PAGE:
Neuro-nutrition – eating for your brain – is the latest plate-based plan gaining momentum
Can you really eat yourself smart? The science says yes
We all like to think we got the brains in the family. Still bringing up that test mark you got in year 10 French? Oui. Make a point of letting everyone know when you get a question right on University Challenge? Affirmative. But if you feel in need of a boost upstairs, clever cuisine could be key. Eating for the brain – or neuro-nutrition, to give it its proper moniker – is a new area of interest for researchers keen to get to the bottom of the mind/food connection, which is precisely why you’ll be seeing a mountain of books on the subject hit the shelves this winter. Consider this advance notice to start stocking your store cupboard for a supercharged cerebrum. Neuro-nutrition is a growing field of research that looks into the ways in which food affects how we humans think, feel and age. ‘The brain consumes an immense amount of energy in comparison with the rest of your body – around 25% of total energy expenditure,’ says Dr Caroline Leaf, a cognitive neuroscientist and author of Think & Eat Yourself Smart (£11.99, Baker Books). ‘Therefore, it makes sense that the transfer of energy from the foods you eat to neurons in the brain has a big impact, not only on its function, but on how you behave. Clearly, there are huge implications to this – not only regarding what we feed growing minds in school, but what you put on your plate every day.’ So can you actually eat yourself clever? Let’s talk about fat for a minute, and how good it is as fuel for your brain cells. ‘The brain is your fattiest organ, at around 60% fat,’ says Dr Leaf. ‘Omega-3 essential fatty acids (EFAS), found in foods like oily fish, kiwis and walnuts, are the building blocks of brain cells and are integral to how fast a signal travels between them.’ It’s why stringing a sentence together becomes difficult when you’re a few days into a low-fat diet. ‘Oily fish is an exceptional source of a particular omega-3 that is critical for brain function – docosahexaenoic acid (DHA),’
adds Dr Leaf. ‘In fact, low levels of DHA have even been linked with depression, premature brain ageing and Alzheimer’s.’ Not only is omega-3 vital to your brain’s health, upping your intake can improve your focus, too. One study* found that school children given an omega-3 supplement performed better at reading and spelling than those who were given a placebo. If you want to stay alert in 4pm meetings, take note: according to Dr Leaf, eating more omega-3-rich foods like herring, salmon and mackerel can boost your attention span within just a few days.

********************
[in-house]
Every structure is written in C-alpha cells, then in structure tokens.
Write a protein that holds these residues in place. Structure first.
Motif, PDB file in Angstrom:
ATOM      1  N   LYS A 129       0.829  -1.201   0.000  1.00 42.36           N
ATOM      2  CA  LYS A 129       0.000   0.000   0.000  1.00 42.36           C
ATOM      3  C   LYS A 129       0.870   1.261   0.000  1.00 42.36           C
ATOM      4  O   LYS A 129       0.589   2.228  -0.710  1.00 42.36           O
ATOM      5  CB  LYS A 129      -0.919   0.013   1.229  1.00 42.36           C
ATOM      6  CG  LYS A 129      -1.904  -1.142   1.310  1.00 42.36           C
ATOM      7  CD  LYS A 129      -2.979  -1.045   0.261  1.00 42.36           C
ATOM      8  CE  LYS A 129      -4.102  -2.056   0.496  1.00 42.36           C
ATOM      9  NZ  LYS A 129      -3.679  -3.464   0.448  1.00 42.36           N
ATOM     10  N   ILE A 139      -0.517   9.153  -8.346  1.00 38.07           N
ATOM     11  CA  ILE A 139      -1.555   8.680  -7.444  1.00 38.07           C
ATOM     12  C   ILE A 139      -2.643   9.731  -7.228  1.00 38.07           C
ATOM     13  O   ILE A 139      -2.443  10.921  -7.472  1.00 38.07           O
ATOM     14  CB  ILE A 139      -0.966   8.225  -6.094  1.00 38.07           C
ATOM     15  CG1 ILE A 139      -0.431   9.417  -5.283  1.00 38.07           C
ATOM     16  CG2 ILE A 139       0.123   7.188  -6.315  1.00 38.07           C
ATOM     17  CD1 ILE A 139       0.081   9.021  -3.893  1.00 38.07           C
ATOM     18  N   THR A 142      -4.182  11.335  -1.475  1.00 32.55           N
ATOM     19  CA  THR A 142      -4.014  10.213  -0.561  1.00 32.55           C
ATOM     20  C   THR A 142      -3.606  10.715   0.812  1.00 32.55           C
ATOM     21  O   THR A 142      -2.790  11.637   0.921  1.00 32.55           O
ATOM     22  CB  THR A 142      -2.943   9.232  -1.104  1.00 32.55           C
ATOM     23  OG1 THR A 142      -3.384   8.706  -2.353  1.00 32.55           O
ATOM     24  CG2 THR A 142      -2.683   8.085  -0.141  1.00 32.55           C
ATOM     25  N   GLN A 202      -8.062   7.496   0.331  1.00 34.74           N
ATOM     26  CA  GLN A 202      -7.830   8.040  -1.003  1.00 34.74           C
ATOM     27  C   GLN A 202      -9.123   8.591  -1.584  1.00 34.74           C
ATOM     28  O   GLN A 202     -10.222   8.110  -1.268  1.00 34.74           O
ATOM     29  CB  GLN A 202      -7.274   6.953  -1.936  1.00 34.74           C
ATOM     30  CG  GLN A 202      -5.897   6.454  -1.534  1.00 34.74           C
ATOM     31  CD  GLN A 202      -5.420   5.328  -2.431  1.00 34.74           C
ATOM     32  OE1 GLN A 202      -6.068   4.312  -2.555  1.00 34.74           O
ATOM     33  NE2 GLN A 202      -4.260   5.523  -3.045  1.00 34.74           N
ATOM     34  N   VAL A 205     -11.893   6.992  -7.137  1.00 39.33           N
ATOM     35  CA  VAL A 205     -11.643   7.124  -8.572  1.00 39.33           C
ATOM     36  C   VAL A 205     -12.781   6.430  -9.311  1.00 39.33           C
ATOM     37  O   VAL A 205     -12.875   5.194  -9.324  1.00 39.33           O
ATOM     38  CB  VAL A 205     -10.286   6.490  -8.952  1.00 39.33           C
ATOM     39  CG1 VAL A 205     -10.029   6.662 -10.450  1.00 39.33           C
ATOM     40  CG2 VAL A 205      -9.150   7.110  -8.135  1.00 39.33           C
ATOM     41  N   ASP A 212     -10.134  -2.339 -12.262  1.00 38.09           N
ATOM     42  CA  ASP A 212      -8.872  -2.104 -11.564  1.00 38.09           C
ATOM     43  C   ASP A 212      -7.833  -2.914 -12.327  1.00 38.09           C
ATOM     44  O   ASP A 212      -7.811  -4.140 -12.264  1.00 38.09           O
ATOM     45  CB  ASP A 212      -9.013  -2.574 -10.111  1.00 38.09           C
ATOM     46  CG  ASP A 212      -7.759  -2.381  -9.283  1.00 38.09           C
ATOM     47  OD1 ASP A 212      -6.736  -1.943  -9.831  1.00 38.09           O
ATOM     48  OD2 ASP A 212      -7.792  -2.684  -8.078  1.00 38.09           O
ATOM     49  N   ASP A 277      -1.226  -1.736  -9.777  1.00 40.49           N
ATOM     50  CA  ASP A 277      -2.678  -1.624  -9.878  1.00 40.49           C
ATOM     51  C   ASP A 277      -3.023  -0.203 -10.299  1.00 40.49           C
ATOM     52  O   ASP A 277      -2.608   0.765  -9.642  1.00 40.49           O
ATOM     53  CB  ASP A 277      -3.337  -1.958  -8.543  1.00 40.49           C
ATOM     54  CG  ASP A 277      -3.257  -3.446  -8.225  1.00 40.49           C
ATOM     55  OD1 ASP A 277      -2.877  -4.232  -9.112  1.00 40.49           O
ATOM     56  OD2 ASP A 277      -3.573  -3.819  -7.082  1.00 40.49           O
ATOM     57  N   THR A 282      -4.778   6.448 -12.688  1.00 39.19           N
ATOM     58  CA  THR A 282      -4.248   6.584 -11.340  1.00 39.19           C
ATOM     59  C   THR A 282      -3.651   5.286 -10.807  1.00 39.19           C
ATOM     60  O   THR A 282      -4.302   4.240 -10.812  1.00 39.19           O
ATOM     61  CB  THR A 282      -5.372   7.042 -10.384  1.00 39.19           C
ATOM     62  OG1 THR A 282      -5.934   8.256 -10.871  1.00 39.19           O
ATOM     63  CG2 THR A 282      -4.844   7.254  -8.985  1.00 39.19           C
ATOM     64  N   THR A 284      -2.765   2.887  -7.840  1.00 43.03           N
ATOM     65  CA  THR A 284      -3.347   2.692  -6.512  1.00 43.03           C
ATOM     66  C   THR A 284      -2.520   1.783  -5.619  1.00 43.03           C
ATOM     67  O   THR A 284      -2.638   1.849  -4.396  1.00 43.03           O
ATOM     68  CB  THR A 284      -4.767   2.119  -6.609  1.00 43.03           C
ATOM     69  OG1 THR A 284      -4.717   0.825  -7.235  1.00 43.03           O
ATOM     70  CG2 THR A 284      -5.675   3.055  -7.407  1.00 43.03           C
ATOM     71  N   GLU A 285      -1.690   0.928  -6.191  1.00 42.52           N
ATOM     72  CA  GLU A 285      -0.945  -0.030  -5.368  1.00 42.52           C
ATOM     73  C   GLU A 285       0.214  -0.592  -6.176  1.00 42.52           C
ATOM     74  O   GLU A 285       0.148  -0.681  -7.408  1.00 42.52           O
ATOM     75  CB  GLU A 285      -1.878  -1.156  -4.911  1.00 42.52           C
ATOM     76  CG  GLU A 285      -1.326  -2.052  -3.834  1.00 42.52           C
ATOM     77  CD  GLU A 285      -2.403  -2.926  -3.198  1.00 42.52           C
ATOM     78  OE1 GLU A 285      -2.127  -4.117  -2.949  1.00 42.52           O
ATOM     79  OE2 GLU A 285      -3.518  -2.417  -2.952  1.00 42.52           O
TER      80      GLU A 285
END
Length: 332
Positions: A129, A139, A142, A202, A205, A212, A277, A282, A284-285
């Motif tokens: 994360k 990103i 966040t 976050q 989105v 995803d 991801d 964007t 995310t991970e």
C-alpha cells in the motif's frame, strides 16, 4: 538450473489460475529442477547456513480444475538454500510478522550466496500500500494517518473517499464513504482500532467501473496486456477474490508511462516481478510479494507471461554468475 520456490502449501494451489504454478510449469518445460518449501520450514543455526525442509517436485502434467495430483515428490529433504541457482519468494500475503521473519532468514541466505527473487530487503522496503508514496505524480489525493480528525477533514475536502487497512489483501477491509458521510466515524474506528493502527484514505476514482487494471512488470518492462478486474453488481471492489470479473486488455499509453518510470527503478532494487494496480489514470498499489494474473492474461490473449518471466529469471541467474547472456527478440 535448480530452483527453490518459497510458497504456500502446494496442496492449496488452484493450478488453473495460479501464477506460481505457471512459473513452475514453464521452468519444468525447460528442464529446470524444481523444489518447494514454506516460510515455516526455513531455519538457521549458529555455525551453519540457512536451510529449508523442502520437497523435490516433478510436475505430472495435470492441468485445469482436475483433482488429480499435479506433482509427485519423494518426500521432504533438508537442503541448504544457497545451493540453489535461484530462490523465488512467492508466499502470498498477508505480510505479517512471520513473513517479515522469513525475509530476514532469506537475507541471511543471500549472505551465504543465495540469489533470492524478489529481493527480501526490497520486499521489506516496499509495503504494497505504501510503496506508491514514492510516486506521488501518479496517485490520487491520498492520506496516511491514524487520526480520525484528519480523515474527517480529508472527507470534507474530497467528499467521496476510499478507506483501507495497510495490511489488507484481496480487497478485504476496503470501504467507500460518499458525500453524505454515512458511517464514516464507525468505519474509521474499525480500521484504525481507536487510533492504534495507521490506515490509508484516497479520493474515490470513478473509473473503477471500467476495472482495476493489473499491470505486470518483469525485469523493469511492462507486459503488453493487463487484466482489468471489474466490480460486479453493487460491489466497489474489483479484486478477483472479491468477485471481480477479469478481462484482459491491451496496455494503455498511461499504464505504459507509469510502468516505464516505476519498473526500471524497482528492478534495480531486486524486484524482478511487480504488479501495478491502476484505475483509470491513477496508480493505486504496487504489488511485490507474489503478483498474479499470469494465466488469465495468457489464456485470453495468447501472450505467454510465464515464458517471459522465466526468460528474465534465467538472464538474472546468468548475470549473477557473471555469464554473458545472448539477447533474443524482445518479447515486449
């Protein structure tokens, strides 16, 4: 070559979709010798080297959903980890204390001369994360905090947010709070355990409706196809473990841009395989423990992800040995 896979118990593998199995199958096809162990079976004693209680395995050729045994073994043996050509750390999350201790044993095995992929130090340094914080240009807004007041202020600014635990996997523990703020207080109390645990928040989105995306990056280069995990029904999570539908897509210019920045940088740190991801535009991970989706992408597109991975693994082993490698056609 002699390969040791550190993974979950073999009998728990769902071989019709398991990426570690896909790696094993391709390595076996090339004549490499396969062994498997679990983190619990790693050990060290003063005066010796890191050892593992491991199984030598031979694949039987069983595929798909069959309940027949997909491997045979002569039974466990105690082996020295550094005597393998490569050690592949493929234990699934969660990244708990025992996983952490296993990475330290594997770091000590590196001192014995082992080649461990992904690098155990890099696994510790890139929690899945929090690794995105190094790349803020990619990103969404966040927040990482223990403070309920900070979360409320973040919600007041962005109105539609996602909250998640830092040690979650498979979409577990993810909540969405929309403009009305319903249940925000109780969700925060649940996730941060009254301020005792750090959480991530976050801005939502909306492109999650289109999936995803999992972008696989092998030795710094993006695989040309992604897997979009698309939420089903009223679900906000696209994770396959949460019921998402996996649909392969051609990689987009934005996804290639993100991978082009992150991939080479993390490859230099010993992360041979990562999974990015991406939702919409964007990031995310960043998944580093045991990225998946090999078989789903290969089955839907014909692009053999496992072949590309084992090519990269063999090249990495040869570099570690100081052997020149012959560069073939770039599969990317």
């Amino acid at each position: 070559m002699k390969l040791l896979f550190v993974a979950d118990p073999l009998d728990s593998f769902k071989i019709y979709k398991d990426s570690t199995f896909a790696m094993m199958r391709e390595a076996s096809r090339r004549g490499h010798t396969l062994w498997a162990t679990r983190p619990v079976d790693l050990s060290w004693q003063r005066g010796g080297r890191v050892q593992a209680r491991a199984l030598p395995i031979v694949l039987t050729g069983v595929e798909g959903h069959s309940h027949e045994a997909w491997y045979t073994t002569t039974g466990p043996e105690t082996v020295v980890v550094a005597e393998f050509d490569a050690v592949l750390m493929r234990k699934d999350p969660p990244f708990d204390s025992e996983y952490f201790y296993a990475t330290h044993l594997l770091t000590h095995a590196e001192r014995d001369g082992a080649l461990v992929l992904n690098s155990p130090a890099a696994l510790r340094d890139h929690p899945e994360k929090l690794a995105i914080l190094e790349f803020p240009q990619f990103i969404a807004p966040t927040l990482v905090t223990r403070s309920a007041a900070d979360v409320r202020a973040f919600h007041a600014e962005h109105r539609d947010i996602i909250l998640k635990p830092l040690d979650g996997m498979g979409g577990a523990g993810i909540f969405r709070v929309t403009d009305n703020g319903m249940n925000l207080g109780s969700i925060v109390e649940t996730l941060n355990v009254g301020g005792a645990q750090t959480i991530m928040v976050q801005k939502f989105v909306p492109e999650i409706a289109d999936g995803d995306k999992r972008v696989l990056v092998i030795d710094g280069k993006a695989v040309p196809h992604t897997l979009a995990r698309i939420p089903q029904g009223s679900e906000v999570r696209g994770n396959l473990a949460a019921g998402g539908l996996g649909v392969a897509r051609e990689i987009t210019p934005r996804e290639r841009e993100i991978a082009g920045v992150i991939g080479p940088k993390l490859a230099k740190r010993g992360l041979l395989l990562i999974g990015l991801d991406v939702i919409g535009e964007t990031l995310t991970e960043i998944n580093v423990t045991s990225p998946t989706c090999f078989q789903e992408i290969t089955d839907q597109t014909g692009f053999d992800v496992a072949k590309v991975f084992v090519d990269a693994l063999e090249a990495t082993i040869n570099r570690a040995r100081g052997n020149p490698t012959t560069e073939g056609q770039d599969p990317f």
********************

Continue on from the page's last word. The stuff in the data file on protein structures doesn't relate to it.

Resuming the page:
But brain food goes beyond omega-3s to ‘intelligent fats’ – aka phospholipids. ‘Keeping the brain’s structure in good condition is key to improving memory, cognition, focus and concentration,’ explains food psychologist Dr Christy Fergusson. ‘Phospholipids help to develop the cell walls of neurons so that they can regulate nutrients coming in and waste going out, and also support signal-transmitting chemicals, known as neurotransmitters.’ Sign us up. ‘Lecithin and choline are phospholipids that are found in sunflower seeds, egg yolks and peanuts. Eggs are a particularly good source because they also contain citicoline, which increases blood flow to the brain.’ According to Dr Fergusson, we should be eating between two and six eggs a week for optimum brain health. And egg-white omelettes won’t cut it – you need to be eating the yolk as well. ‘Egg yolk is one of the richest sources of choline,’ says Dr Fergusson. ‘As well as being a phospholipid, choline helps produce the neurotransmitter acetylcholine, which is needed to pass messages from the brain to your nerves and muscles.’